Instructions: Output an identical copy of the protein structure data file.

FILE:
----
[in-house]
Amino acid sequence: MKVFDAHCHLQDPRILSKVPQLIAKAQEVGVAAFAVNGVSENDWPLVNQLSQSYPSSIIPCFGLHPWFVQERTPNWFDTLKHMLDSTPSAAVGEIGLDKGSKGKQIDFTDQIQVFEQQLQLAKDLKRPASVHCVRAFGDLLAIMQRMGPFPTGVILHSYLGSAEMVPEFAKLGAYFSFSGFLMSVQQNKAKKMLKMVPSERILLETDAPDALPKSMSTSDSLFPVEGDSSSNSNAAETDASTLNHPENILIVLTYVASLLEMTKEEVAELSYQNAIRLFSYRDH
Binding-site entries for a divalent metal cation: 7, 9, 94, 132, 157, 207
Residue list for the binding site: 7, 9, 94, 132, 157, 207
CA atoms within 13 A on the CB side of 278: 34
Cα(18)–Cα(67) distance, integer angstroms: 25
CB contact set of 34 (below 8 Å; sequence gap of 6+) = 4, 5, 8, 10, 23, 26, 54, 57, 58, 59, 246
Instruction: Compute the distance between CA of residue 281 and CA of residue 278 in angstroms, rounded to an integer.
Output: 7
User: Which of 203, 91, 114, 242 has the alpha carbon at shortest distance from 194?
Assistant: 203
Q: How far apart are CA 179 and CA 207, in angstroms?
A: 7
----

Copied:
[in-house]
Amino acid sequence: MKVFDAHCHLQDPRILSKVPQLIAKAQEVGVAAFAVNGVSENDWPLVNQLSQSYPSSIIPCFGLHPWFVQERTPNWFDTLKHMLDSTPSAAVGEIGLDKGSKGKQIDFTDQIQVFEQQLQLAKDLKRPASVHCVRAFGDLLAIMQRMGPFPTGVILHSYLGSAEMVPEFAKLGAYFSFSGFLMSVQQNKAKKMLKMVPSERILLETDAPDALPKSMSTSDSLFPVEGDSSSNSNAAETDASTLNHPENILIVLTYVASLLEMTKEEVAELSYQNAIRLFSYRDH
Binding-site entries for a divalent metal cation: 7, 9, 94, 132, 157, 207
Residue list for the binding site: 7, 9, 94, 132, 157, 207
CA atoms within 13 A on the CB side of 278: 34
Cα(18)–Cα(67) distance, integer angstroms: 25
CB contact set of 34 (below 8 Å; sequence gap of 6+) = 4, 5, 8, 10, 23, 26, 54, 57, 58, 59, 246
Instruction: Compute the distance between CA of residue 281 and CA of residue 278 in angstroms, rounded to an integer.
Output: 7
User: Which of 203, 91, 114, 242 has the alpha carbon at shortest distance from 194?
Assistant: 203
Q: How far apart are CA 179 and CA 207, in angstroms?
A: 7